I treated myself to probably the most luxurious skincare product I now own. At first I was scared to use the Eve Lom Cleanser, like I’d avoid wearing something expensive for the fear of breaking it.
However, after nearly five months of use, I think I’m finally ready to hand down my Eve Lom Cleanser review. Also known as the most expensive cleanser I have ever tried.
Eve Lom Cleanser Review
Why is Eve Lom Cleanser so good? Let’s start with why I felt compelled to buy it. When Eve Lom launched on Birchbox I knew I’d heard the name somewhere before, but where? A few minutes later I’d read that Vogue named it “possibly the best cleanser in the world”, and that was 25 years ago. Today however it still remains the brand’s best seller!
Okay so I got sucked into the praise from Vogue, but I also had some Birchbox points to spend and so I just went for it. That’s is a good enough excuse, right?
Remember I said I was scared to use the Eve Lom Cleanser at first, because it’s so damn expensive? Well, the time to finally crack open this little pricy pot of goo came on my birthday of all days. I had emptied my previous cleanser, so I took a deep breath and scooped out the appropriate amount.
Initially it felt like a creamy, yet tough-like balm (my proper scientific description), yet to then magically transform into a smooth velvety oil once warmed and massaged onto my skin. My fingers glided across my face at such a pleasurably pace, I’d became so lost in the moment I continued to massage my skin for a further couple of minutes. This is definitely the most luxurious feeling skincare product I have ever smothered across my tiny boat race!
7 Step Routine
There’s a 7 step routine?! Oh yes there is, I did say it was luxurious, indulgent even (a word used to describe it from Eve Lom the brand itself!). I couldn’t just wash and go with a product like this, so here’s what I had to learn to do every evening. You’ll be pleased to know however I’ve shortened the amount of steps…:
- Step 1: Apply the cleanser to my entire face and neck. I’m also supposed to apply deep pressure to behind my ears with my fingertips, but I haven’t been doing this.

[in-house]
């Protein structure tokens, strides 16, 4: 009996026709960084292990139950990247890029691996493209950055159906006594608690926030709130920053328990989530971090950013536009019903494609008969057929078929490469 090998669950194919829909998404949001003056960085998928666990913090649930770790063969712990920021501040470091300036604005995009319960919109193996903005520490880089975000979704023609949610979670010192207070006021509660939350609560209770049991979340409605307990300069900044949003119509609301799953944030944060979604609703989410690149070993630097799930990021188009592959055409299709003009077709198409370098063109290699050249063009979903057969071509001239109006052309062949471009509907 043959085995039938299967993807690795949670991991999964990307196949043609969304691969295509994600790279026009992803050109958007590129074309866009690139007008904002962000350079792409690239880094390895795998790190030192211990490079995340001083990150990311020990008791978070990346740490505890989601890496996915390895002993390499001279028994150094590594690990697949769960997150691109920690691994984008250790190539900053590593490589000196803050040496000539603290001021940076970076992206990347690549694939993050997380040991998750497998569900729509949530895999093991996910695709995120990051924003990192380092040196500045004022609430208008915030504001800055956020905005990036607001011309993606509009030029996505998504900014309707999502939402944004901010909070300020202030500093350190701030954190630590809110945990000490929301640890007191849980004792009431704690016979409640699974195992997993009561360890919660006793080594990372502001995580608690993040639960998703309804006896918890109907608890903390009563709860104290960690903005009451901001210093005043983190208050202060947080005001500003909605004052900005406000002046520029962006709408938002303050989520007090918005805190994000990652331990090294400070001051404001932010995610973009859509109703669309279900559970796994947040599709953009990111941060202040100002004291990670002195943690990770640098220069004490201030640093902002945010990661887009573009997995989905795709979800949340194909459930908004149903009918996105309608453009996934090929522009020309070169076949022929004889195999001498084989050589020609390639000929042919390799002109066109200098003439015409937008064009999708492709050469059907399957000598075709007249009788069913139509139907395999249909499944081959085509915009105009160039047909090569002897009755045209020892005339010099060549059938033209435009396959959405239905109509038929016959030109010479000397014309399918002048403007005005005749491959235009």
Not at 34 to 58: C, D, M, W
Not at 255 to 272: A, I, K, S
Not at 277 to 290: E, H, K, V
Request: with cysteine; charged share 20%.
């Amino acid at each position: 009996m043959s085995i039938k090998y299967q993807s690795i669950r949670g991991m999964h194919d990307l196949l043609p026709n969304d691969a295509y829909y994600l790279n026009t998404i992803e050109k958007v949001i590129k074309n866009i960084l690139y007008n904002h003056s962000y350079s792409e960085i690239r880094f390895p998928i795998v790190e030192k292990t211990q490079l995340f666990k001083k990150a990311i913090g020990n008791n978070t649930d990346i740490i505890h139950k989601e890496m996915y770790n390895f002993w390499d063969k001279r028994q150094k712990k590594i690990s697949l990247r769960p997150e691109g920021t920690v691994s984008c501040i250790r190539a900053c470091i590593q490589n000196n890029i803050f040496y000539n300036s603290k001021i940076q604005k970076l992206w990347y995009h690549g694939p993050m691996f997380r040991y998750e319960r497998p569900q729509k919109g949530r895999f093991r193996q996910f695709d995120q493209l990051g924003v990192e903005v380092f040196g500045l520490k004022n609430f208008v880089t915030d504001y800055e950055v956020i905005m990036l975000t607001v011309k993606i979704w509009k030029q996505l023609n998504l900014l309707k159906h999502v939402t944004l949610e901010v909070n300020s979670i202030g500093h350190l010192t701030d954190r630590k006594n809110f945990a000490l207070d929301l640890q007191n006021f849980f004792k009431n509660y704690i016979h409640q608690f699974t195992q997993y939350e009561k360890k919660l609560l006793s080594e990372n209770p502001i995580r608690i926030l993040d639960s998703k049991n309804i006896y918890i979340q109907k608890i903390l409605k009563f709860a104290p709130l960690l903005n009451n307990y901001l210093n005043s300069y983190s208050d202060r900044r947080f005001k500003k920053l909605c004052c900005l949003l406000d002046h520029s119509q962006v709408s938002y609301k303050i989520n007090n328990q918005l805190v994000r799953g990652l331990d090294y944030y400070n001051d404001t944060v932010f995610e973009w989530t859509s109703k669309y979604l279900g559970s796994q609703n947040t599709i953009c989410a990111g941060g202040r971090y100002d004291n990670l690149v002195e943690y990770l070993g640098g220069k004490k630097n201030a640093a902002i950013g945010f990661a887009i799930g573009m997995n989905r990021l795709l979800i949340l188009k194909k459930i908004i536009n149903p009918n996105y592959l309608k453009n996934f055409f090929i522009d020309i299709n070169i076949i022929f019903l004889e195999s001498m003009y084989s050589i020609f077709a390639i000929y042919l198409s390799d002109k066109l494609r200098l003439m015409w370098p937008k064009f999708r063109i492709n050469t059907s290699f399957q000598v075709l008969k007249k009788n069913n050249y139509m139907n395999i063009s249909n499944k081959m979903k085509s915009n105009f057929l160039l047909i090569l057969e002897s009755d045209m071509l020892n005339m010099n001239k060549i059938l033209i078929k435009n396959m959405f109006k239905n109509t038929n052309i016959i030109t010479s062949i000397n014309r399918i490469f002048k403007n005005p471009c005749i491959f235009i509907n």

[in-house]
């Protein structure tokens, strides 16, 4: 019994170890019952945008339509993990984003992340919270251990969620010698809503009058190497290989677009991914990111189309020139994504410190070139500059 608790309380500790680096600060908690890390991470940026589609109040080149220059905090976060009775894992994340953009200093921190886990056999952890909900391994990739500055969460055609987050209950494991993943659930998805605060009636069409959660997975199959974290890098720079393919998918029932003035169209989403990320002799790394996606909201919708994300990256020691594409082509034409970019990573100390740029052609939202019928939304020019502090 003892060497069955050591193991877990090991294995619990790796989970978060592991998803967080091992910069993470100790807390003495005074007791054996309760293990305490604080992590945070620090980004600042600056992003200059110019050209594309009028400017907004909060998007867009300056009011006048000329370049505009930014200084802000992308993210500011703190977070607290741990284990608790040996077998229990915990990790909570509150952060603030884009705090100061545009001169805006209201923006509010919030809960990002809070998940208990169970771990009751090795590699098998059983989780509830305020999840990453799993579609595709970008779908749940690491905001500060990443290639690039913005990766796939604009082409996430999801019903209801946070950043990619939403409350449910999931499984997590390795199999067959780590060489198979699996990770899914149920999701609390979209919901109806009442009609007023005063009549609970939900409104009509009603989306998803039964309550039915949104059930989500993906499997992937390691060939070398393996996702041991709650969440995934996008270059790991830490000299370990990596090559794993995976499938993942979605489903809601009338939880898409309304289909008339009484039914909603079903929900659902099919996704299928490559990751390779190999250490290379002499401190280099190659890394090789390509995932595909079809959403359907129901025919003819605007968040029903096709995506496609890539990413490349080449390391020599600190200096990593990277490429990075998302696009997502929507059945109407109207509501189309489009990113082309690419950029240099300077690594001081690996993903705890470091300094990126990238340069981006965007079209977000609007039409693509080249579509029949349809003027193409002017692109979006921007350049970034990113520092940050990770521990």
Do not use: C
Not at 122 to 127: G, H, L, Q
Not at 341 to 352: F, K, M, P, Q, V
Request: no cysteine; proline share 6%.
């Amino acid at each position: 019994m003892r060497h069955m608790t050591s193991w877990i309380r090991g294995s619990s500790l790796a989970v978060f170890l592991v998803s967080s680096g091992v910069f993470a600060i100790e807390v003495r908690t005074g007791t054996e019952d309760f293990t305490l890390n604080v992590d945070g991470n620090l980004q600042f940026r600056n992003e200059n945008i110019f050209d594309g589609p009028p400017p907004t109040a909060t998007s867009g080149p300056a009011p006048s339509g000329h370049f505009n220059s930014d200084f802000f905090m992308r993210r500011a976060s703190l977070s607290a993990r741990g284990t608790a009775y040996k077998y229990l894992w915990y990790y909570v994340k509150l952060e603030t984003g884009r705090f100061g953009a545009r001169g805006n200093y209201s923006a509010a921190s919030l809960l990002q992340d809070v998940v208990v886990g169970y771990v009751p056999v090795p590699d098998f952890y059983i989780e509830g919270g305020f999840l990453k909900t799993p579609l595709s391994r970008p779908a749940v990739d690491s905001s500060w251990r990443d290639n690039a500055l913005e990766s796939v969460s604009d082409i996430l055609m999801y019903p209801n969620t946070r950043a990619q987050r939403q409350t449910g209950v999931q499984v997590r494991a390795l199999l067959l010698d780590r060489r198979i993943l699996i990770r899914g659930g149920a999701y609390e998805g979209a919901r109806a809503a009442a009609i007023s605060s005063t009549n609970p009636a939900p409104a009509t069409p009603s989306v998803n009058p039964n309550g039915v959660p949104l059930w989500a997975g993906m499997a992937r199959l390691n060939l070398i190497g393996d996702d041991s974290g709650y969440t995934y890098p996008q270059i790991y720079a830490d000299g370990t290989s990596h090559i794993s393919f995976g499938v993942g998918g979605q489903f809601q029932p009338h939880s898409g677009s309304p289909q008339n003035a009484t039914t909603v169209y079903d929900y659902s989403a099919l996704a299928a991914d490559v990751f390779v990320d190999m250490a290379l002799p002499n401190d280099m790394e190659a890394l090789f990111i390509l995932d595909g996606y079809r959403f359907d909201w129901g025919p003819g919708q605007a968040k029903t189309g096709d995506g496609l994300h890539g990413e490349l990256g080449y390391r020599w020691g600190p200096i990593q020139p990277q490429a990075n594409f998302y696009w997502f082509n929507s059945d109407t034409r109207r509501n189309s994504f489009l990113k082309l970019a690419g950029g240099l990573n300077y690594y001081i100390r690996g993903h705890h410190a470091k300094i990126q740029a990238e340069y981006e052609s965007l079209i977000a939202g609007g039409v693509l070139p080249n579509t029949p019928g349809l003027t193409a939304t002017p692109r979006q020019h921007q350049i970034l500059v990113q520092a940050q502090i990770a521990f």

- Step 2: Apply pressure again with my fingertips to my forehead, under eye area, jaw line, upper lip, corners of mouth and under cheekbones. There’s a whole process to this with how long to hold for and how many times repeat which is listed in the accompanying leaflet. Again, I’ve not been doing this every time. I just don’t get the time to.
- Step 3: Soak muslin cloth (a key piece that is also included!) in hot water and wring out. I press the muslin cloth on my entire face for 5 seconds. The heat softens my skin and is supposed to activate essential oils – so I make sure the water is quite hot. Then I repeat this 2 more times.
I really haven’t tried any other cleanser like this one and I never imagined how luxurious it could feel just to simply cleanse! But enough on how it actually feels, does it actually do any good? I’ve got to say, my skin does feels soft, after I’ve followed this elaborate way to remove my make up. Although I still apply serum and oil before going to bed, which helps to keep my skin hydrated and replenished.
Despite the fact I’ve skipped a lot of the massaging trickery I’m supposed to do, I’ve found pressing a hot muslin cloth on my face and repeating this action has really been beneficial to my skin. I still get blemishes, yet they’re softer and not as sore as before. In a gross way they’re easier to pop too, if I cave into temptation. Although, I tend to leave them, as they’ll usually healed and removed the next time I cleanse.
I’m certainly impressed and I can see (and feel!) why the Eve Lom Cleanser is so special. I’ll be sad when I’ll start scraping the bottom of this tub and at £55 a pop, I’ll use the same reasoning I’ve had to do with Elemis Hydra-Boost Day Cream. Which is that I’ll have to wait until I win the lottery before it becomes one of my beauty regime staples.
Now my fear to use this product isn’t down to just how much it cost, I now don’t want to use it because of the realisation it will one day go, go and be gone. (And I can’t afford to get it back.)